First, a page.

Minors may be able to obtain benefits if they can prove they have a physical or mental impairment that will last a minimum of one year or lead to death and the condition causes a severe limitation in their activities.
Eligibility for benefits is a complex issue, which is why you could greatly benefit from talking to a licensed attorney from Phillips Law Group. We can help you determine if you may be eligible for benefits.
Schedule your free legal consultation with a Glendale Social Security Disability lawyer today. Ph: 1-800-706-3000
Programs You May Qualify For
There a few federal programs that provide benefits to people with disabilities who meet the criteria discussed above. Our knowledgeable attorneys can discuss your claim and determine the one that may be right for you.
Social Security Disability Insurance
When someone is diagnosed with a disability and can no longer work, he or she may qualify for this program. You must have a condition that meets the definition of a disability and have a certain number of work credits based on your age. Generally, applicants for SSDI benefits need a minimum of 40 work credits. However, the number of credits each applicant needs depends on his or her age.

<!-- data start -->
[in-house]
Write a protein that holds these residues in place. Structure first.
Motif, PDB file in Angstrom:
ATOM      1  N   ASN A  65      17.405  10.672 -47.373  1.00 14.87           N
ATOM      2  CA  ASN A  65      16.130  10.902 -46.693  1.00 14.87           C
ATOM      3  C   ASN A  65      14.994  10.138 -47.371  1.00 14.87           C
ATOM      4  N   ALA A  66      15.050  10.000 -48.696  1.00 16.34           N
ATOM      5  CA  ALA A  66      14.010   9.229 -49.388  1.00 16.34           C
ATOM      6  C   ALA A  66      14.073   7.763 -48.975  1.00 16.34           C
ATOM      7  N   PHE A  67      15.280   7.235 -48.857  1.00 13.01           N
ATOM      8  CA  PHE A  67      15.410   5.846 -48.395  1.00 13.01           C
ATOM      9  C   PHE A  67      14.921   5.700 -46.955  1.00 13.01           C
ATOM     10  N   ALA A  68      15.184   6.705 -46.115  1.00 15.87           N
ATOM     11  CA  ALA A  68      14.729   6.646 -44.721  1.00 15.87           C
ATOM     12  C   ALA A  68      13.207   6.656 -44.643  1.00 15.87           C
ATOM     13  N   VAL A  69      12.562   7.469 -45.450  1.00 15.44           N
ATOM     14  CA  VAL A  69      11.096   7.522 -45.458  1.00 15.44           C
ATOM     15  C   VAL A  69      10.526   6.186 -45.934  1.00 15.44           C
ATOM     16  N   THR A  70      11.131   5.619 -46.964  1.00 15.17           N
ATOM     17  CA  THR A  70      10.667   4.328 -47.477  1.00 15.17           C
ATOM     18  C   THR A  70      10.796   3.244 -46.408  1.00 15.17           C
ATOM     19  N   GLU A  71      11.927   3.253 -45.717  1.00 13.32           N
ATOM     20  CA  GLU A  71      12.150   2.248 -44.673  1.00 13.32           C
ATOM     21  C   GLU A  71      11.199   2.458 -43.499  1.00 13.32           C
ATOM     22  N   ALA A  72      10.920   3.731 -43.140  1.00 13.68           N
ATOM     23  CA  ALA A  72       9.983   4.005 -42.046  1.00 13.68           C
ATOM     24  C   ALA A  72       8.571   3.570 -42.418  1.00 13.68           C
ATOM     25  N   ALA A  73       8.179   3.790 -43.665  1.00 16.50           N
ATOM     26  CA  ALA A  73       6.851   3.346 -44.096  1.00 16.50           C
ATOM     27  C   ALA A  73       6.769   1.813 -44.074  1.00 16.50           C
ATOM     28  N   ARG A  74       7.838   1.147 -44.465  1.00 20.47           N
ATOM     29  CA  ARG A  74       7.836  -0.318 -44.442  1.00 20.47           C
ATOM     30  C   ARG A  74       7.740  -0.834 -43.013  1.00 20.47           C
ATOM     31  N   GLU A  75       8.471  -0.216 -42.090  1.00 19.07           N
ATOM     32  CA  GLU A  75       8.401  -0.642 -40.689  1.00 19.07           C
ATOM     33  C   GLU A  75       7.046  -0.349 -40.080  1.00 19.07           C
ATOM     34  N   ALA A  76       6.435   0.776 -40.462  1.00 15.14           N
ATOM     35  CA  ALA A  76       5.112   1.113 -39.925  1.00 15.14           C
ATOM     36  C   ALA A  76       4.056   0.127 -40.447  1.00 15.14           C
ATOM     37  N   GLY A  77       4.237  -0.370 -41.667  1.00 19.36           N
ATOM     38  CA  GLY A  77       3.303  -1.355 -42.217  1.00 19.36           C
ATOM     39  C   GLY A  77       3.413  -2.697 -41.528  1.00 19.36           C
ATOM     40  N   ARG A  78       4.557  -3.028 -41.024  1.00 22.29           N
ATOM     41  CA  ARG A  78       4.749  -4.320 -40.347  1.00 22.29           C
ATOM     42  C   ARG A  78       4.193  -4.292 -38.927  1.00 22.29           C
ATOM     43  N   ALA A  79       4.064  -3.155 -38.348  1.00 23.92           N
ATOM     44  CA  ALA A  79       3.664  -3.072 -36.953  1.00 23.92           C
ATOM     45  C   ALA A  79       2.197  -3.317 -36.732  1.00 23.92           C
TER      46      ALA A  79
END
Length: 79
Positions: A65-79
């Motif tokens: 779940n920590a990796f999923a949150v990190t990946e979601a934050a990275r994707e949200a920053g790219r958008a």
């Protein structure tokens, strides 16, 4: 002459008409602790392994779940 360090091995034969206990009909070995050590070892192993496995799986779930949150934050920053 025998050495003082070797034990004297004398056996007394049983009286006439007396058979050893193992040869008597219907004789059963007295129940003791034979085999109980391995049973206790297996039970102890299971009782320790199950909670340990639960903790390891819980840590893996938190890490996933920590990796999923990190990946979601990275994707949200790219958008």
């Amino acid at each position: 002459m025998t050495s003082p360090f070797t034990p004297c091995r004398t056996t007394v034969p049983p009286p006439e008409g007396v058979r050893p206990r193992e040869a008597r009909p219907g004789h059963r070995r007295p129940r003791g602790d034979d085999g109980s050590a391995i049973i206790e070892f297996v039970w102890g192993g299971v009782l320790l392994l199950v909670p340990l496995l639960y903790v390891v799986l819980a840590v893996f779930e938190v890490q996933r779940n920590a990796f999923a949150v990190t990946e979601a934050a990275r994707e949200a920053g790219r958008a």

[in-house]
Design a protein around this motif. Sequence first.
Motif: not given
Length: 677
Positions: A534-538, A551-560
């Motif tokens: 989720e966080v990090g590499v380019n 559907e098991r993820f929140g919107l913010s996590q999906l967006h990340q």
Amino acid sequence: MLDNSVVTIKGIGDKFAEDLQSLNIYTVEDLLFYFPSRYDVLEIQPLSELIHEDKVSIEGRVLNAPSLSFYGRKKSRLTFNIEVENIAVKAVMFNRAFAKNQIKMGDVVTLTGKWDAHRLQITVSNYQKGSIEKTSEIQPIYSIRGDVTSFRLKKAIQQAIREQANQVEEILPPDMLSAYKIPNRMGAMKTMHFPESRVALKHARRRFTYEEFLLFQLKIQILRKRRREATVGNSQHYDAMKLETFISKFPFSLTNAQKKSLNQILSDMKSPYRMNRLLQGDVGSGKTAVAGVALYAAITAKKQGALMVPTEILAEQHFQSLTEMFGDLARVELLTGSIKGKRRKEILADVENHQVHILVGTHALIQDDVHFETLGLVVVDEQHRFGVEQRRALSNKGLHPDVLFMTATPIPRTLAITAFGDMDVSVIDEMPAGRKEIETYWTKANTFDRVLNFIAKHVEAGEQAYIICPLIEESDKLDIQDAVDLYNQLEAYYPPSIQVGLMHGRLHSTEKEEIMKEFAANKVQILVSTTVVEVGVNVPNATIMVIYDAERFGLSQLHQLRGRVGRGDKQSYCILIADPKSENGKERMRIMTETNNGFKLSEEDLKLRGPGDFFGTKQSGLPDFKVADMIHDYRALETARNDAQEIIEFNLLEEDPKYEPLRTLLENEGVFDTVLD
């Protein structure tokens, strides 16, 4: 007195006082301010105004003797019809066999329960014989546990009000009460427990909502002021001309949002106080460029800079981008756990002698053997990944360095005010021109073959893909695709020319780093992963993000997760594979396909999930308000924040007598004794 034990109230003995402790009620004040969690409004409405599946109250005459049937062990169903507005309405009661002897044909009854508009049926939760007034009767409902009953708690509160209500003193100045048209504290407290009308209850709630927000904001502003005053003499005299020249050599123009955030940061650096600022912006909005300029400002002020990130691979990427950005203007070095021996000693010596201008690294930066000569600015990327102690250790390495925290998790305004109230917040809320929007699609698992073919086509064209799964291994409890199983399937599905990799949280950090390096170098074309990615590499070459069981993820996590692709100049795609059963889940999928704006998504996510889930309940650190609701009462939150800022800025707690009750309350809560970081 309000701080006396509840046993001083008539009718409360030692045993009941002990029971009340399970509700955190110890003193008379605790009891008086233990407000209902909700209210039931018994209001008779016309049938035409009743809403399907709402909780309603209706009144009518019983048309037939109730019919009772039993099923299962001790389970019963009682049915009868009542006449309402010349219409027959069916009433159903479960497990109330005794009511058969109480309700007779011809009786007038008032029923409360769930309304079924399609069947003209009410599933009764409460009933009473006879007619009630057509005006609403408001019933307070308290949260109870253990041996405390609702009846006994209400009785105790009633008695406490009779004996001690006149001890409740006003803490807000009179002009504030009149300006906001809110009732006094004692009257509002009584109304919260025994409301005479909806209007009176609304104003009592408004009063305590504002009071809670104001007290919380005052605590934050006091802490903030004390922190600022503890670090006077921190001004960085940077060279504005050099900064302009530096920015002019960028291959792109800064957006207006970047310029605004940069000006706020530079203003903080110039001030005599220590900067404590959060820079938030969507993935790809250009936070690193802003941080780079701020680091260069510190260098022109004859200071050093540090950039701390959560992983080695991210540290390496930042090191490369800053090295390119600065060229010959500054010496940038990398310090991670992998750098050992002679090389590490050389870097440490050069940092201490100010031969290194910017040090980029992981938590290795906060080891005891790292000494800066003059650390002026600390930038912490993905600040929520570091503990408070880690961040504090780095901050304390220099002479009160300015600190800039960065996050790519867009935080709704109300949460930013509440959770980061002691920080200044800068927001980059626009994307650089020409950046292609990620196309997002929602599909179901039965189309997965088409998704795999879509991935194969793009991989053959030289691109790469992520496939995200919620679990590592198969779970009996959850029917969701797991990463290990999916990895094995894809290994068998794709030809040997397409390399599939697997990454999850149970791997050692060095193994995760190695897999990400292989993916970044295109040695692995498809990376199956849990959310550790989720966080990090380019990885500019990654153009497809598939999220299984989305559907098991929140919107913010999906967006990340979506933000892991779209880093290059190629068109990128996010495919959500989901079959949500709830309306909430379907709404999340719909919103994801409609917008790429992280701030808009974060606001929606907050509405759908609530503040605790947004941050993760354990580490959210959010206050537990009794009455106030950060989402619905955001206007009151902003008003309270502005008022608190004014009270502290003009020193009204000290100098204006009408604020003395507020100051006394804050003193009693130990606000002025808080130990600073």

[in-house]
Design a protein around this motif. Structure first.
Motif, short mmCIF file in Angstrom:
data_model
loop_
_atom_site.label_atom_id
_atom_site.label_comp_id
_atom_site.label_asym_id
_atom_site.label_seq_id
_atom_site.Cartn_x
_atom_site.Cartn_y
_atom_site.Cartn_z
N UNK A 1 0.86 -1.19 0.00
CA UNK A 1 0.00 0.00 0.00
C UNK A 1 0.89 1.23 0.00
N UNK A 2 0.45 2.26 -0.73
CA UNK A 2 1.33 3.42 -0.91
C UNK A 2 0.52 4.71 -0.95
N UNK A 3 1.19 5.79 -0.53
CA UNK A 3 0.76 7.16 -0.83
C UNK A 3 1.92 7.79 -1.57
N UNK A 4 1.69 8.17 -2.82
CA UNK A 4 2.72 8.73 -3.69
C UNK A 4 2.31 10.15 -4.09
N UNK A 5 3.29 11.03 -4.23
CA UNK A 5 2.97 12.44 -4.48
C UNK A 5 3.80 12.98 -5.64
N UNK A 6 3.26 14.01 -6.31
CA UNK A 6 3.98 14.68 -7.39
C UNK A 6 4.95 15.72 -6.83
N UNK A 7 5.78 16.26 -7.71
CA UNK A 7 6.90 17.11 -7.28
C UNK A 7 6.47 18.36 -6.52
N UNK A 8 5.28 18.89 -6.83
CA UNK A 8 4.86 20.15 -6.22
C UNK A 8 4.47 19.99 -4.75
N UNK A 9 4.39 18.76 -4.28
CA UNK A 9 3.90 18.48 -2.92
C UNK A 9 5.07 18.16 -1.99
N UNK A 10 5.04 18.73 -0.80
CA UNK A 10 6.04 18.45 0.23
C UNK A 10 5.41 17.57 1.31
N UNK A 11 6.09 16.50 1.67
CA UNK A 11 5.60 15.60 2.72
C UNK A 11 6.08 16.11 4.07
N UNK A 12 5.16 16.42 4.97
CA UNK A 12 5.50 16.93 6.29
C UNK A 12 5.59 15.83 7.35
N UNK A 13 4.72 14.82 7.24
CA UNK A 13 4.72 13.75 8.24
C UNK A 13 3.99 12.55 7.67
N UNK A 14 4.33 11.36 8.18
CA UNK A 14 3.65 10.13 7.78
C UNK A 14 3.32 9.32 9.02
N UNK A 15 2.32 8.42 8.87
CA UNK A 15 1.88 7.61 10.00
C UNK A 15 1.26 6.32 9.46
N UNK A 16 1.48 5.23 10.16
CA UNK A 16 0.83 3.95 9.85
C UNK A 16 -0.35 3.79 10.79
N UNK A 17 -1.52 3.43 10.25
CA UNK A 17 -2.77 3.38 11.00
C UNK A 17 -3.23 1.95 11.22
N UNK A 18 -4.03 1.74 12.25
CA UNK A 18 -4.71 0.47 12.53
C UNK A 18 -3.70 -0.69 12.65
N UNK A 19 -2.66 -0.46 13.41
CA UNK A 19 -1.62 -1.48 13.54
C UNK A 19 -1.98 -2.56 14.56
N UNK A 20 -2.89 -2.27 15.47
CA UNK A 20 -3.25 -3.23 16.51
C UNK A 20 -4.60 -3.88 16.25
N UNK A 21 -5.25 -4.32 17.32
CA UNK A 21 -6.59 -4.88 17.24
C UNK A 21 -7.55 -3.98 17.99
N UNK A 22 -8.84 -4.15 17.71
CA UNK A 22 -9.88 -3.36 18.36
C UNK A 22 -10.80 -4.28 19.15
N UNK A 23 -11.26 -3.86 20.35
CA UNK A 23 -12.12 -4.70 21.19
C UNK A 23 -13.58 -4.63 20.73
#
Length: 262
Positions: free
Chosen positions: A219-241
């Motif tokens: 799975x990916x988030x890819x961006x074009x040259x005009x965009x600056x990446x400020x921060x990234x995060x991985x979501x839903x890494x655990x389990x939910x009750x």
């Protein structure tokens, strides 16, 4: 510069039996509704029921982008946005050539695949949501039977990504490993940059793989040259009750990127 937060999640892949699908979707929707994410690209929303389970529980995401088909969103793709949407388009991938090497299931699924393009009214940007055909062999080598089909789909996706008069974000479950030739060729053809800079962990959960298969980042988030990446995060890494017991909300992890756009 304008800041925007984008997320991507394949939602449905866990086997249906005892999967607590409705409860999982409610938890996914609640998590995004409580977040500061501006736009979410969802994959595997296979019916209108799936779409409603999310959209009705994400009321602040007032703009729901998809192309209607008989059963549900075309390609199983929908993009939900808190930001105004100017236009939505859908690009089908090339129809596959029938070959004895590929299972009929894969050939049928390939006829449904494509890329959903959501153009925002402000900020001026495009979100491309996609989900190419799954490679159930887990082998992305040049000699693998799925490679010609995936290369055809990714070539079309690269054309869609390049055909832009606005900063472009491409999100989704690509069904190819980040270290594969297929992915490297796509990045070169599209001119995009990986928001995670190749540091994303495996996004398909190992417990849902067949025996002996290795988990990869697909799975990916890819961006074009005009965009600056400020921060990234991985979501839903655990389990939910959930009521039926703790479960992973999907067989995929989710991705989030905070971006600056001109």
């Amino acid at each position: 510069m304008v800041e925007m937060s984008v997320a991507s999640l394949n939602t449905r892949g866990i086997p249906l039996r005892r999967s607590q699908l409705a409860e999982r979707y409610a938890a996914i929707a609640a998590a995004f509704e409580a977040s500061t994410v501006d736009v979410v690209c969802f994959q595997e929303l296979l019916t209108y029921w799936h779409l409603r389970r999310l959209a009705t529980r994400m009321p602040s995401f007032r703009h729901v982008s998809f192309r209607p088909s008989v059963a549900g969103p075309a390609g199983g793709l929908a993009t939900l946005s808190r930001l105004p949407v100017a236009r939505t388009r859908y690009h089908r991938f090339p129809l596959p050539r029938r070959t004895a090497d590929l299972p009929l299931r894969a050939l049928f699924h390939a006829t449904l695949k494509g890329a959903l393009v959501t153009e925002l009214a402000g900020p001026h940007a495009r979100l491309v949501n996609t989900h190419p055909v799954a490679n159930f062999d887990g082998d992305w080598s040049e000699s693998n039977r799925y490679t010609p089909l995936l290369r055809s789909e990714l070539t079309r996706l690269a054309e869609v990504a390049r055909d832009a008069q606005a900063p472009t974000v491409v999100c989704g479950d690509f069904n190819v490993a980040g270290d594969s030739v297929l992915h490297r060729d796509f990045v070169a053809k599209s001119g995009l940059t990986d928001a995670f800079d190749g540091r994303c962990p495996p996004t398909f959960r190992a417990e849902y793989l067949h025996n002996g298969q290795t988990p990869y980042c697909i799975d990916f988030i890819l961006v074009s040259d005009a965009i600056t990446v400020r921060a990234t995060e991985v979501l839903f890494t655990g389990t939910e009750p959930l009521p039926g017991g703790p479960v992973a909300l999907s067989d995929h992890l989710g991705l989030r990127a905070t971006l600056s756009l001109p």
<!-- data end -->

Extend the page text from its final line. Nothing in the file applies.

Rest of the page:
Supplemental Security Income
This program is reserved for people with very little work history and limited assets – individuals with a qualifying disability cannot have more than $2,000 in assets while couples are limited to just $3,000 in assets.
However, there are many rules about what is counted as an asset. You may think you have more than the allowed amount of assets, but certain things are excluded. This is why we recommend contacting our Glendale Social Security Disability lawyers today for a free legal consultation.
Disabled Adult Child Benefits
If a child becomes disabled between ages 18 and 22, he or she may be eligible for benefits. The child cannot work or earn more than $1,220 per month. The child needs to have a disability that severely limits the activities he or she can perform, and the disability must last one year or be expected to result in death.